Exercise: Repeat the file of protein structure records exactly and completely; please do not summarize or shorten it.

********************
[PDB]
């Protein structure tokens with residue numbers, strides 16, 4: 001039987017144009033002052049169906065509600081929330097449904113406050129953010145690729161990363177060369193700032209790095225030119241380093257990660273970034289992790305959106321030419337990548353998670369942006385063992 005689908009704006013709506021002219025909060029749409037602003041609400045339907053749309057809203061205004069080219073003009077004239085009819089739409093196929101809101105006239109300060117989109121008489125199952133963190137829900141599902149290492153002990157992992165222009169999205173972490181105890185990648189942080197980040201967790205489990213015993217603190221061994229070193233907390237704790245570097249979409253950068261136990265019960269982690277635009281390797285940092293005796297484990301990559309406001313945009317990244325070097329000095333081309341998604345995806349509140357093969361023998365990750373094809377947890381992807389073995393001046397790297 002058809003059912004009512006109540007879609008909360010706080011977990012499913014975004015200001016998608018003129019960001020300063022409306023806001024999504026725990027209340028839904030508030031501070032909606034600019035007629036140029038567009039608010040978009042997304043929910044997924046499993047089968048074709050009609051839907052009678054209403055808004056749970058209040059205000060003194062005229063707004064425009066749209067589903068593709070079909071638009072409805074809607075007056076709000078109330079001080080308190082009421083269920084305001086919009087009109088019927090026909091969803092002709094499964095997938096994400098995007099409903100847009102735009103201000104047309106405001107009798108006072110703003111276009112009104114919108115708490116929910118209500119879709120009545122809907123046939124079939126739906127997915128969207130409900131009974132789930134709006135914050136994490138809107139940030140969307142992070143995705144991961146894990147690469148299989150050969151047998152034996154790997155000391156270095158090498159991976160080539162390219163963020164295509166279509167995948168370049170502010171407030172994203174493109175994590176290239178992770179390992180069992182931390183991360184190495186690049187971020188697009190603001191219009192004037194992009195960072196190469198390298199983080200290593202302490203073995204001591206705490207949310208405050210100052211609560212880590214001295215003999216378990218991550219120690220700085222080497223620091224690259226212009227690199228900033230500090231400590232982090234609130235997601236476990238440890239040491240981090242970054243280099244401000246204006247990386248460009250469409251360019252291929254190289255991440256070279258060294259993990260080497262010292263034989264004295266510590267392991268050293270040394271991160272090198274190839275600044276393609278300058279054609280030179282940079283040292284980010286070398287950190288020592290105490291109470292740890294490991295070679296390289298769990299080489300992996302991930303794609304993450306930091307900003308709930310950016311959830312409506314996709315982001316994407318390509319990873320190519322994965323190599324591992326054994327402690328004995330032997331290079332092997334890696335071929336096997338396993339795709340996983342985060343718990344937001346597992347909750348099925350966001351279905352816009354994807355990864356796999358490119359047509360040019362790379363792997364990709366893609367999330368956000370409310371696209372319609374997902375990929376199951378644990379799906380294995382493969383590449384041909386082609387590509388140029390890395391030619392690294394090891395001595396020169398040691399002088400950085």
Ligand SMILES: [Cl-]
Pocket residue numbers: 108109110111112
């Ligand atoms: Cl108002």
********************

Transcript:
[PDB]
């Protein structure tokens with residue numbers, strides 16, 4: 001039987017144009033002052049169906065509600081929330097449904113406050129953010145690729161990363177060369193700032209790095225030119241380093257990660273970034289992790305959106321030419337990548353998670369942006385063992 005689908009704006013709506021002219025909060029749409037602003041609400045339907053749309057809203061205004069080219073003009077004239085009819089739409093196929101809101105006239109300060117989109121008489125199952133963190137829900141599902149290492153002990157992992165222009169999205173972490181105890185990648189942080197980040201967790205489990213015993217603190221061994229070193233907390237704790245570097249979409253950068261136990265019960269982690277635009281390797285940092293005796297484990301990559309406001313945009317990244325070097329000095333081309341998604345995806349509140357093969361023998365990750373094809377947890381992807389073995393001046397790297 002058809003059912004009512006109540007879609008909360010706080011977990012499913014975004015200001016998608018003129019960001020300063022409306023806001024999504026725990027209340028839904030508030031501070032909606034600019035007629036140029038567009039608010040978009042997304043929910044997924046499993047089968048074709050009609051839907052009678054209403055808004056749970058209040059205000060003194062005229063707004064425009066749209067589903068593709070079909071638009072409805074809607075007056076709000078109330079001080080308190082009421083269920084305001086919009087009109088019927090026909091969803092002709094499964095997938096994400098995007099409903100847009102735009103201000104047309106405001107009798108006072110703003111276009112009104114919108115708490116929910118209500119879709120009545122809907123046939124079939126739906127997915128969207130409900131009974132789930134709006135914050136994490138809107139940030140969307142992070143995705144991961146894990147690469148299989150050969151047998152034996154790997155000391156270095158090498159991976160080539162390219163963020164295509166279509167995948168370049170502010171407030172994203174493109175994590176290239178992770179390992180069992182931390183991360184190495186690049187971020188697009190603001191219009192004037194992009195960072196190469198390298199983080200290593202302490203073995204001591206705490207949310208405050210100052211609560212880590214001295215003999216378990218991550219120690220700085222080497223620091224690259226212009227690199228900033230500090231400590232982090234609130235997601236476990238440890239040491240981090242970054243280099244401000246204006247990386248460009250469409251360019252291929254190289255991440256070279258060294259993990260080497262010292263034989264004295266510590267392991268050293270040394271991160272090198274190839275600044276393609278300058279054609280030179282940079283040292284980010286070398287950190288020592290105490291109470292740890294490991295070679296390289298769990299080489300992996302991930303794609304993450306930091307900003308709930310950016311959830312409506314996709315982001316994407318390509319990873320190519322994965323190599324591992326054994327402690328004995330032997331290079332092997334890696335071929336096997338396993339795709340996983342985060343718990344937001346597992347909750348099925350966001351279905352816009354994807355990864356796999358490119359047509360040019362790379363792997364990709366893609367999330368956000370409310371696209372319609374997902375990929376199951378644990379799906380294995382493969383590449384041909386082609387590509388140029390890395391030619392690294394090891395001595396020169398040691399002088400950085």
Ligand SMILES: [Cl-]
Pocket residue numbers: 108109110111112
């Ligand atoms: Cl108002």